Saturday, 14 March 2015

Theatre review: Closer

It's a busy year for Patrick Marber - he's got two shows coming up at the National, not to mention constantly turning up on celebrity editions of Only Connect, despite appearing to have no idea how the game worksPUSHING THE BUZZER MEANS YOU HAVE TO ANSWER THE QUESTION, IT DOESN'T GIVE YOU AN EXTRA COUPLE OF MINUTES TO CHAT ABOUT IT. You know Victoria Coren-Mitchell wouldn't stand for that shizzle if it wasn't for charity. Meanwhile, David Leveaux revives Marber's misanthropic four-piece Closer at the Donmar Warehouse. Obituary writer and failed novelist Dan (Oliver Chris) has been going out with the much younger, ex-stripper Alice (Rachel Redford) for a couple of years when he meets, and instantly falls for, photographer Anna (Nancy Carroll.) When she rejects him Dan vindictively sets her up with a horny dermatologist he finds in a sex chatroom.

It backfires when Larry (Rufus Sewell) turns out not to be all that creepy after all, and a couple of years on he and Anna are married. But there's still a connection between her and Dan, and the two couples can never seem to stop betraying each other.


So Closer is a couple of hours, covering a few years, of two men and two women whose relationships are constantly reconfiguring, and who regardless of whom they're officially going out with at any one time, are invariably cheating on them with someone else in the love-square. It's about love, lust and truth, but it takes a deliberately contrary view to all of these - love as a destructive force that's the opposite of happiness, telling the truth as a cruelty, and lust as the purest impulse in the end.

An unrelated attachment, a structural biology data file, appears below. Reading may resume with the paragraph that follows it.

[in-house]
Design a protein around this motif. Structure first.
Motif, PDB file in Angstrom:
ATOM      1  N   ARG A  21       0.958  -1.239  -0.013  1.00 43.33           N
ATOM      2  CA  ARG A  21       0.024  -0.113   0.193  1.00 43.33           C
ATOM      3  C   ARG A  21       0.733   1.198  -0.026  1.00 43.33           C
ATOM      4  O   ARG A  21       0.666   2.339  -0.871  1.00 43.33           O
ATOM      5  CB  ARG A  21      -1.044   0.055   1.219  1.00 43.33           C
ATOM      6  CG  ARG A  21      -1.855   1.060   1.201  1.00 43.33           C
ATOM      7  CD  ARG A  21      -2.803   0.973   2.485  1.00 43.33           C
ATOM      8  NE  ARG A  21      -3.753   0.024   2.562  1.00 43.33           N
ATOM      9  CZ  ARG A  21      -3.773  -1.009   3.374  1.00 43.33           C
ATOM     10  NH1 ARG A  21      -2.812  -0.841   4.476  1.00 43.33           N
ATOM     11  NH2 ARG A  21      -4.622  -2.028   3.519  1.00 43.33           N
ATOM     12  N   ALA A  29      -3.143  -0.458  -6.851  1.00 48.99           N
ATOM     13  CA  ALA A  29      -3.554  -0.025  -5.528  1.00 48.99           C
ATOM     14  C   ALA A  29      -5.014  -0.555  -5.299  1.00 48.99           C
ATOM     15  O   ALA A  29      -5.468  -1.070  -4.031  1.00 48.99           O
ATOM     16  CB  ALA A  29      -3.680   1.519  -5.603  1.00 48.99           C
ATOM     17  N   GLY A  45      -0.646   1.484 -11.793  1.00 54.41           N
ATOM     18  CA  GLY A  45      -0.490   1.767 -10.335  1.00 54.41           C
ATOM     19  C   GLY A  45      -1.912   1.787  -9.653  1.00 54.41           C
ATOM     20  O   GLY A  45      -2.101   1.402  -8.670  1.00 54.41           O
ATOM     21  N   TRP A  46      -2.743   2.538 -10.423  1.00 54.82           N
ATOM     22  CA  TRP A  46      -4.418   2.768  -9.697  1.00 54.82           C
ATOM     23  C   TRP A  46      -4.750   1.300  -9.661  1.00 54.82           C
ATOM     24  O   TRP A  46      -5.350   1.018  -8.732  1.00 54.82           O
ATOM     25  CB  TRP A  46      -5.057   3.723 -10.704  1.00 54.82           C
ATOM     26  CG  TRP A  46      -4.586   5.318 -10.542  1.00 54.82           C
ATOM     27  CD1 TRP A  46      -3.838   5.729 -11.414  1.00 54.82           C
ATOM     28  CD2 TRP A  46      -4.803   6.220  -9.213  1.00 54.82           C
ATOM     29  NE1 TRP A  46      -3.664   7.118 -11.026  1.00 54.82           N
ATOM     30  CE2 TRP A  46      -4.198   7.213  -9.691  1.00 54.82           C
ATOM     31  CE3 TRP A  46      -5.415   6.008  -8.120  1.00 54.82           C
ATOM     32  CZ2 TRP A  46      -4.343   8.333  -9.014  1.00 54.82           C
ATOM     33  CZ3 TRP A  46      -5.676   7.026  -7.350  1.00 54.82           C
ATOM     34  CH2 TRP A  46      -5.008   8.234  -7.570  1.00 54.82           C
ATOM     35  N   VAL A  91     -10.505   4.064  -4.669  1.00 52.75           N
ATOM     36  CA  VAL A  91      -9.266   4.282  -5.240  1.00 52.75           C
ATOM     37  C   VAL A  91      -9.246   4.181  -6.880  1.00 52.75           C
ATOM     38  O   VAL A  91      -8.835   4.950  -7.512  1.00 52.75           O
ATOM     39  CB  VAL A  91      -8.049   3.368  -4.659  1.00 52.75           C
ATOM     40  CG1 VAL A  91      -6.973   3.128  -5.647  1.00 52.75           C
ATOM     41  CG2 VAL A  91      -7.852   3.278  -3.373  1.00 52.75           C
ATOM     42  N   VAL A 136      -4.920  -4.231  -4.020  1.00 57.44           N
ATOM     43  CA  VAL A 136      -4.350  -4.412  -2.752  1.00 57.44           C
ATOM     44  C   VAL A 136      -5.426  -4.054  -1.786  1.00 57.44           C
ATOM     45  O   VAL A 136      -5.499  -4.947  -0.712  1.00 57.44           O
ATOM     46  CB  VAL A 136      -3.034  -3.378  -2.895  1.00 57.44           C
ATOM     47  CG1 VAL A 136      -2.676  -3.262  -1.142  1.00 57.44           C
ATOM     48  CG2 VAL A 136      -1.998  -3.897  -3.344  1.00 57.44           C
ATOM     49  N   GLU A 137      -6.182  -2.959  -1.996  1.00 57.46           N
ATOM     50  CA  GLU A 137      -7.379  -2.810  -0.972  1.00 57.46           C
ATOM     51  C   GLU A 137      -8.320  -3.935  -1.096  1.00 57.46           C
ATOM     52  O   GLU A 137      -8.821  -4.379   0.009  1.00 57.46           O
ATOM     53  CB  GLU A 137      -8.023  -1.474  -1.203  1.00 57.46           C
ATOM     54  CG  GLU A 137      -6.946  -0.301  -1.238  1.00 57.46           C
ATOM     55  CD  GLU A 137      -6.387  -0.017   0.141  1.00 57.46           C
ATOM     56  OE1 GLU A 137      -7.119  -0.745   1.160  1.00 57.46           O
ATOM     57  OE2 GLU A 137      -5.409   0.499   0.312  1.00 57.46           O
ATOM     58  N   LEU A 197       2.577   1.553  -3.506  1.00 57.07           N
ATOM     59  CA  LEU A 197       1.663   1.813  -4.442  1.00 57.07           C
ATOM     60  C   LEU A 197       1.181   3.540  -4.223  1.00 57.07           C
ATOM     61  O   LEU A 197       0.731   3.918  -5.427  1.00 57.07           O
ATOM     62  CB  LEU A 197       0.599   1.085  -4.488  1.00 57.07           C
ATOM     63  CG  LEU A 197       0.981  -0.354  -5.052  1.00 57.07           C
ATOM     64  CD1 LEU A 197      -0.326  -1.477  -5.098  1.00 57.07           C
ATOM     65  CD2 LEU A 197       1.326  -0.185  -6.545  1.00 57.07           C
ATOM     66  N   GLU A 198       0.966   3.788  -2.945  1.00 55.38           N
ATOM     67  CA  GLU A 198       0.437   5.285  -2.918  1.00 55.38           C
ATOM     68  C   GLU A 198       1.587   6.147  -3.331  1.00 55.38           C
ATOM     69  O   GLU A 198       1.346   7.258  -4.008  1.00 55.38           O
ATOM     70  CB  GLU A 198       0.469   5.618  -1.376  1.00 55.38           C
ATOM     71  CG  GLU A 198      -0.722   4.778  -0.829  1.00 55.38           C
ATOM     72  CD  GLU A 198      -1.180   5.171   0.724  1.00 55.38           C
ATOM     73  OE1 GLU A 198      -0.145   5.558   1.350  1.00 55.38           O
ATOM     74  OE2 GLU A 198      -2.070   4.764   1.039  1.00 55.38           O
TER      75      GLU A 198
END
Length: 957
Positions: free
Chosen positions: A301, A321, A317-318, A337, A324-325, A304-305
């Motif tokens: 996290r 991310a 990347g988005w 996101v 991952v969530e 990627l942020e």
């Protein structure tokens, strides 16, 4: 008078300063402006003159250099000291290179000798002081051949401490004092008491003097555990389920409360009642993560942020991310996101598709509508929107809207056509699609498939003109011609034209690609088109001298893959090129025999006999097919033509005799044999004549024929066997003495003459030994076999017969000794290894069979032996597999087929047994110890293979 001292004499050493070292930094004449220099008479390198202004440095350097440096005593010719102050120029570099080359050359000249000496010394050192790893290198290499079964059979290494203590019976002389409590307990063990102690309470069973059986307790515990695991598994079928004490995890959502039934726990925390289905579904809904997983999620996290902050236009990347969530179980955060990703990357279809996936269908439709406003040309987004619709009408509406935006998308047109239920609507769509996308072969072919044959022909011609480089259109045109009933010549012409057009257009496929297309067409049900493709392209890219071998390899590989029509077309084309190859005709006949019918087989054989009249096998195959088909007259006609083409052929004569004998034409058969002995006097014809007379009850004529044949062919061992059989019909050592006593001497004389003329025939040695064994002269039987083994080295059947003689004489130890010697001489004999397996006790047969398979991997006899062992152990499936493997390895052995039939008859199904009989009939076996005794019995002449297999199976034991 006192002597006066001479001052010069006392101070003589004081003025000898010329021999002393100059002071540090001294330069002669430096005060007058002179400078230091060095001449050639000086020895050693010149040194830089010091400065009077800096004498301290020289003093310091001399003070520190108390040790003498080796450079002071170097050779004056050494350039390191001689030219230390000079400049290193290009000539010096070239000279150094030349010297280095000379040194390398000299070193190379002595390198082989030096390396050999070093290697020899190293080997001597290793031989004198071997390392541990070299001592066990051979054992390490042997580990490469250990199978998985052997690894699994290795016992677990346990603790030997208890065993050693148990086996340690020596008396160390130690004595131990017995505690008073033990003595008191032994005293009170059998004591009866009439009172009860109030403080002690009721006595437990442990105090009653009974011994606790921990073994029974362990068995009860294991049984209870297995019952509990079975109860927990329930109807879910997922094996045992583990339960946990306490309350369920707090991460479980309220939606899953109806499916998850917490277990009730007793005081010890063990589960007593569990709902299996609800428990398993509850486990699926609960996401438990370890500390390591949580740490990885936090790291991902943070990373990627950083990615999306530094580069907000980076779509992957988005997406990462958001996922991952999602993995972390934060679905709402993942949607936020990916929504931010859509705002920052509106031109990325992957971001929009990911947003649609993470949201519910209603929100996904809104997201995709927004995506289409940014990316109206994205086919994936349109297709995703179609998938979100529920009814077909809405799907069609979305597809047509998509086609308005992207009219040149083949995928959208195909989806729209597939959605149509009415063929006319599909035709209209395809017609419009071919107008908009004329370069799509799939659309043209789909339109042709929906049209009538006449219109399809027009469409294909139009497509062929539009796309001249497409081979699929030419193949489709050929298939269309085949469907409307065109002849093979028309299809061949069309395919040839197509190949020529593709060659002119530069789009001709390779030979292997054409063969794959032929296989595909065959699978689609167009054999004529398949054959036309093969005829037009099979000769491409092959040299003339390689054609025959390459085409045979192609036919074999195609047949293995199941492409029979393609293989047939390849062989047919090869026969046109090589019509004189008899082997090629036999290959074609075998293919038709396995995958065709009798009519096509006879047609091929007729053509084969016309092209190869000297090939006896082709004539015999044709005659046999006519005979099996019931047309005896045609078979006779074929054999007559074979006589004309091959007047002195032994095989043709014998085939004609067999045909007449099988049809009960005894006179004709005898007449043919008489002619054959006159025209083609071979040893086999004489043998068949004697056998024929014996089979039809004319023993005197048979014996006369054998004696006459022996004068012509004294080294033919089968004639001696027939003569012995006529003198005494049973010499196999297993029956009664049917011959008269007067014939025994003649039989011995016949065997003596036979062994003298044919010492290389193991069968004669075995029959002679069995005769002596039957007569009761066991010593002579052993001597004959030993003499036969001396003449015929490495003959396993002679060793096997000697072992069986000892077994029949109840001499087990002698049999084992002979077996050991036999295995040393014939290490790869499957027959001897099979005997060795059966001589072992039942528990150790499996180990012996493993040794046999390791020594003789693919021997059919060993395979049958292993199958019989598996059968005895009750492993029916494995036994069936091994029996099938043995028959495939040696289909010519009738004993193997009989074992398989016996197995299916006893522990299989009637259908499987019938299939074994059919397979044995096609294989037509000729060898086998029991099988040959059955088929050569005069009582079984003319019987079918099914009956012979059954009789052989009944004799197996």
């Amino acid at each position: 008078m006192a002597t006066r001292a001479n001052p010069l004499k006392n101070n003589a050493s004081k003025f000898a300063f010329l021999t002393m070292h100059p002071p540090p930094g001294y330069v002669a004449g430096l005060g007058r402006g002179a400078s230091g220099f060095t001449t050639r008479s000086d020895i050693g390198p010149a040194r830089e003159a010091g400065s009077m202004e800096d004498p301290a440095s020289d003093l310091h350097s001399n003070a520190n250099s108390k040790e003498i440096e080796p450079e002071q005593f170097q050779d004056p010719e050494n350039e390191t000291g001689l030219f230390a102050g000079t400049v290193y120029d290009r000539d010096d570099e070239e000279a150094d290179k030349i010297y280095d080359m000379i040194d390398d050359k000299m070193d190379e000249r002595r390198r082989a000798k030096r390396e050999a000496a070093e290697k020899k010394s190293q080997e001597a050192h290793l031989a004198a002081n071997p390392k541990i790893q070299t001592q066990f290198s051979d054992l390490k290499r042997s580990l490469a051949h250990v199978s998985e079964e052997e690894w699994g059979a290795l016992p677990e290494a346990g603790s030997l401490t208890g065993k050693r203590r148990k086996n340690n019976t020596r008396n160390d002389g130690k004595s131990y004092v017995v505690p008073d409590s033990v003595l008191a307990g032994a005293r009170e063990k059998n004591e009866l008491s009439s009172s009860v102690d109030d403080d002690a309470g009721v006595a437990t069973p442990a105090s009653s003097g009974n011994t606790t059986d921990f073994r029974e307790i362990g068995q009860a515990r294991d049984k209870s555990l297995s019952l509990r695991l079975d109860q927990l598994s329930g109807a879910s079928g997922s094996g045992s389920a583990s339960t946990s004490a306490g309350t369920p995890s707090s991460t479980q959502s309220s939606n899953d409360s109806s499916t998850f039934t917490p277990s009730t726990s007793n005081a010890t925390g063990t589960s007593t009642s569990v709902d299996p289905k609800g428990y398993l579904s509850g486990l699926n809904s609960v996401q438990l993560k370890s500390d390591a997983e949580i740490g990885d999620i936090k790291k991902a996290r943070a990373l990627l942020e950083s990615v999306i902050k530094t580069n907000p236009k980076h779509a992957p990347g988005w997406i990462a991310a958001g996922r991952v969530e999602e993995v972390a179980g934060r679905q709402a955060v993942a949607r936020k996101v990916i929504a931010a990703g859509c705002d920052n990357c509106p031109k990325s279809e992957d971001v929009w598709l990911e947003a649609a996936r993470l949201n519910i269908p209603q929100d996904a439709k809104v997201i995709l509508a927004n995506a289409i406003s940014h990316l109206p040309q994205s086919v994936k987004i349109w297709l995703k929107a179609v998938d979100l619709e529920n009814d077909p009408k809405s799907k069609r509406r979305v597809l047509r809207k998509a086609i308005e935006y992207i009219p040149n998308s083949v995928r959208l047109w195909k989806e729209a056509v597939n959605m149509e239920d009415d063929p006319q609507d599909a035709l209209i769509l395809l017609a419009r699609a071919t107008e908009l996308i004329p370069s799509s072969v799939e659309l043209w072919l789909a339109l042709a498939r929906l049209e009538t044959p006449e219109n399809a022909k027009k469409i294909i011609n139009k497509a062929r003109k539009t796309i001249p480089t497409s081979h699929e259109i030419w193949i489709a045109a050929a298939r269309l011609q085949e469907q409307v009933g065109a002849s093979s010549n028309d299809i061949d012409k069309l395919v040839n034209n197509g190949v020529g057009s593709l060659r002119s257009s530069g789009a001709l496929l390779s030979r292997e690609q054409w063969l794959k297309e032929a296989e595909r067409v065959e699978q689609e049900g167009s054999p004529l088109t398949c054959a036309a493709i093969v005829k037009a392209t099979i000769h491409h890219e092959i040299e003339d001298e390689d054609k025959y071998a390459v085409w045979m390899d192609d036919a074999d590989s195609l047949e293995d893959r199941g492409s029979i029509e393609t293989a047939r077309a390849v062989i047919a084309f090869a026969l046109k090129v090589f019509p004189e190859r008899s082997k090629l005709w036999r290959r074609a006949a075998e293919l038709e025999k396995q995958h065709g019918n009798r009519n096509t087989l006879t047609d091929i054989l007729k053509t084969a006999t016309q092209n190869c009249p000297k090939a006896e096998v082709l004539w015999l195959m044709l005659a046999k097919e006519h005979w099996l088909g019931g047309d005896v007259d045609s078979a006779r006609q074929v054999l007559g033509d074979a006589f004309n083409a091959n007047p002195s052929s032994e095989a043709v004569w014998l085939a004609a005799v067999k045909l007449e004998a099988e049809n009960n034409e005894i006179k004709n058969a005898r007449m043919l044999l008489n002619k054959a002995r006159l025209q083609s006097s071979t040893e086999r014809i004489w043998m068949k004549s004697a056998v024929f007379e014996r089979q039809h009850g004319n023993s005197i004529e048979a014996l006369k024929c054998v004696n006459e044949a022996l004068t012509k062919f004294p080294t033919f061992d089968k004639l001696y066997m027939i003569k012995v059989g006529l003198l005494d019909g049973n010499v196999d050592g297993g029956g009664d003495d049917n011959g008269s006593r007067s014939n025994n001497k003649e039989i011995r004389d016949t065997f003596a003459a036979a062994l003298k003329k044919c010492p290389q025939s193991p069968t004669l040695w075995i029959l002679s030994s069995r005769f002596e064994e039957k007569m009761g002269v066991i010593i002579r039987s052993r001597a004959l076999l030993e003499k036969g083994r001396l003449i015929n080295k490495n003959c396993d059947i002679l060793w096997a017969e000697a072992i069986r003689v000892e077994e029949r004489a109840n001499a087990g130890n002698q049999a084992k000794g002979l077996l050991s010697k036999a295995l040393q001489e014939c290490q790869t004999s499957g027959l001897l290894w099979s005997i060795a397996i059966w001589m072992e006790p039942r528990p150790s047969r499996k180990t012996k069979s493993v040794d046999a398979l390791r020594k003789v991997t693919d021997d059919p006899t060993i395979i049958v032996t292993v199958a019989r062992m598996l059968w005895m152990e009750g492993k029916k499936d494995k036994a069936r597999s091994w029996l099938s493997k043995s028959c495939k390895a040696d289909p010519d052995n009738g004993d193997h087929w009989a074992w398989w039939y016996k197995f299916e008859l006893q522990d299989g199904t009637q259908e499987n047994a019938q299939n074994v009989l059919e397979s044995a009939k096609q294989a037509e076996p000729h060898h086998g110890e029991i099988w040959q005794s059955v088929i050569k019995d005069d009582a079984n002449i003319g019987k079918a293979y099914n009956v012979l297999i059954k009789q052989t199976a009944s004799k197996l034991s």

Leveaux's production looks great in a design by Bunny Christie (although in a recurring issue at the Donmar, the staging makes some of the action hard to see from the side seating banks - I was right at the end of a row so I basically mentally checked out during the silent chatroom scene, as I couldn't see any of the text that was being projected.) The constant partner-swapping, and agonising over that partner-swapping, threatens to get dull after the interval, but Leveaux just about avoids this.


It's a strong cast, but they need to be to flesh out Marber's very cold characters. Closer is a watchable play but a deeply problematic one - for all the talk of uncontrollable love there's little to show what's meant to be inspiring this, as the quartet never feel entirely fleshed out, only their pettiness and cruelty really on display most of the time. It's a great production, but one of a play that ultimately feels like two-and-a-half hours of bile. Oliver Chris gets his top off though, so *scales gesture*.

Closer by Patrick Marber is booking until the 4th of April at the Donmar Warehouse.

Running time: 2 hours 25 minutes including interval.

1 comment:

  1. Misanthropic. I wholly agree. (And I thought he just couldn't write men.)

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